Modeling Biology Using Relational Databases

Robert M. Peitzsch1

1 Pfizer Global Research and Development, Groton, Connecticut
Publication Name:  Current Protocols in Bioinformatics
Unit Number:  Unit 9.3
DOI:  10.1002/0471250953.bi0903s00
Online Posting Date:  February, 2003
GO TO THE FULL TEXT: PDF or HTML at Wiley Online Library

Abstract

There are several different methodologies that can be used for designing a database schema; no one is the best for all occasions. This unit demonstrates two different techniques for designing relational tables and discusses when each should be used. These two techniques presented are (1) traditional Entity‐Relationship (E‐R) modeling and (2) a hybrid method that combines aspects of data warehousing and E‐R modeling. The method of choice depends on (1) how well the information and all its inherent relationships are understood, (2) what types of questions will be asked, (3) how many different types of data will be included, and (4) how much data exists.

     
 
GO TO THE FULL PROTOCOL:
PDF or HTML at Wiley Online Library

Table of Contents

  • Basic Protocol 1: Using Entity‐Relationship Modeling to Design a Database
  • Alternate Protocol 1: Using the Hybrid Method to Design a Database
  • Commentary
  • Literature Cited
  • Figures
     
 
GO TO THE FULL PROTOCOL:
PDF or HTML at Wiley Online Library

Materials

Basic Protocol 1: Using Entity‐Relationship Modeling to Design a Database

  Necessary Resources
  • Hardware
  • Personal computers with the Microsoft Windows operating system
  • Software
  • There are several software packages for designing formal schemas, some examples are: Microsoft Access, Designer from Oracle, PowerDesigner from Sybase, and Visio also from Microsoft. Pencil and paper also work well, and are recommended for those who are just starting out.
  • Files
  • None

Alternate Protocol 1: Using the Hybrid Method to Design a Database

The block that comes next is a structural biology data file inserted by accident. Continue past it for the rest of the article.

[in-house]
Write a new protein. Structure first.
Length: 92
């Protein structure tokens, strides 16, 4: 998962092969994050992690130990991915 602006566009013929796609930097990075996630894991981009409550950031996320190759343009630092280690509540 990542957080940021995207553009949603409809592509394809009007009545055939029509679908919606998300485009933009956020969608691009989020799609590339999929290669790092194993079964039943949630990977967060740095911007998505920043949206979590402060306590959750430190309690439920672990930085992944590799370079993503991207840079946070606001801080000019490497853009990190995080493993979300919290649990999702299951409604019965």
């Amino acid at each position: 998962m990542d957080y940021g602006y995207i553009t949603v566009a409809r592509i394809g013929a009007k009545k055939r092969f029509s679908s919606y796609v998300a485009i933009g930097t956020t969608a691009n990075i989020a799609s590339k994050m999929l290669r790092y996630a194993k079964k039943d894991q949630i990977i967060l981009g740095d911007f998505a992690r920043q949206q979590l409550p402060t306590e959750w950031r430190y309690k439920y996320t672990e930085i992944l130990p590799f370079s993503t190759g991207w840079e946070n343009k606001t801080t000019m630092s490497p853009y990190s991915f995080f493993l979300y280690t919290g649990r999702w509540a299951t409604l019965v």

Necessary Resources
  • Hardware
  • Personal computers with the Microsoft Windows operating system
  • Software
  • There are several software packages for designing databases, some examples are: Microsoft Access, Designer from Oracle, PowerDesigner from Sybase, and Visio also from Microsoft. Pencil and paper also work well, and are recommended for those who are just starting out.
  • Files
  • None
GO TO THE FULL PROTOCOL:
PDF or HTML at Wiley Online Library

Figures

Videos

Literature Cited

Literature Cited
   Altschul, S.F., Gish, W., Miller, W., Myers, E.W., and Lipman, D.J. 1990. Basic local alignment search tool. J. Mol. Biol. 215:403‐410.
   Codd, E.F. 1990. The Relational Model for Database Management; Version 2. Addison‐Wesley Publishing, New York.
   Date, C.J. 1995. An Introduction to Database Systems, 6th ed. Addison‐Wesley Publishing, New York.
   Dodge, G. and Gorman, T. 1998. Oracle8 Data Warehousing. John Wiley & Sons, New York.
   The Gene Ontology Consortium. 2000. Gene ontology: Tool for the unification of biology. Nature Gen. 25:25‐29.
   Inmon, W.H., Imhoff, C., and Battas, G. 1995. Building the Operational Data Store. John Wiley & Sons, New York.
   Kimball, R. 1996. The Data Warehouse Toolkit. John Wiley & Sons, New York.
   Yarger, R.J., Reese, G., and King, T. 1999. MySQL & mSQL. O'Reilly & Associates, CA.
GO TO THE FULL PROTOCOL:
PDF or HTML at Wiley Online Library